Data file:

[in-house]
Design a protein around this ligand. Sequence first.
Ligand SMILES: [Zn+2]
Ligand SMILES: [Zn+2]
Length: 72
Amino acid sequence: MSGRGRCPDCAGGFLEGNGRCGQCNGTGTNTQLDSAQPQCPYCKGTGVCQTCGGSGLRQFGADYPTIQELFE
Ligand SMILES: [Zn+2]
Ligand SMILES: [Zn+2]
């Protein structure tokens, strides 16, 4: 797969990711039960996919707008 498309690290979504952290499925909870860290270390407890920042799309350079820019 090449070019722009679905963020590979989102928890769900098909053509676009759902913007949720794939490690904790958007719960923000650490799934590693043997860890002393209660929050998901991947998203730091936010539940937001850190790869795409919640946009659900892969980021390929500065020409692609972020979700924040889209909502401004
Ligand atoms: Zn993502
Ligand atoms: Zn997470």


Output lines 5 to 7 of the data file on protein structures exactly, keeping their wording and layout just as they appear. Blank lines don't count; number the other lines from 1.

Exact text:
Length: 72
Amino acid sequence: MSGRGRCPDCAGGFLEGNGRCGQCNGTGTNTQLDSAQPQCPYCKGTGVCQTCGGSGLRQFGADYPTIQELFE
Ligand SMILES: [Zn+2]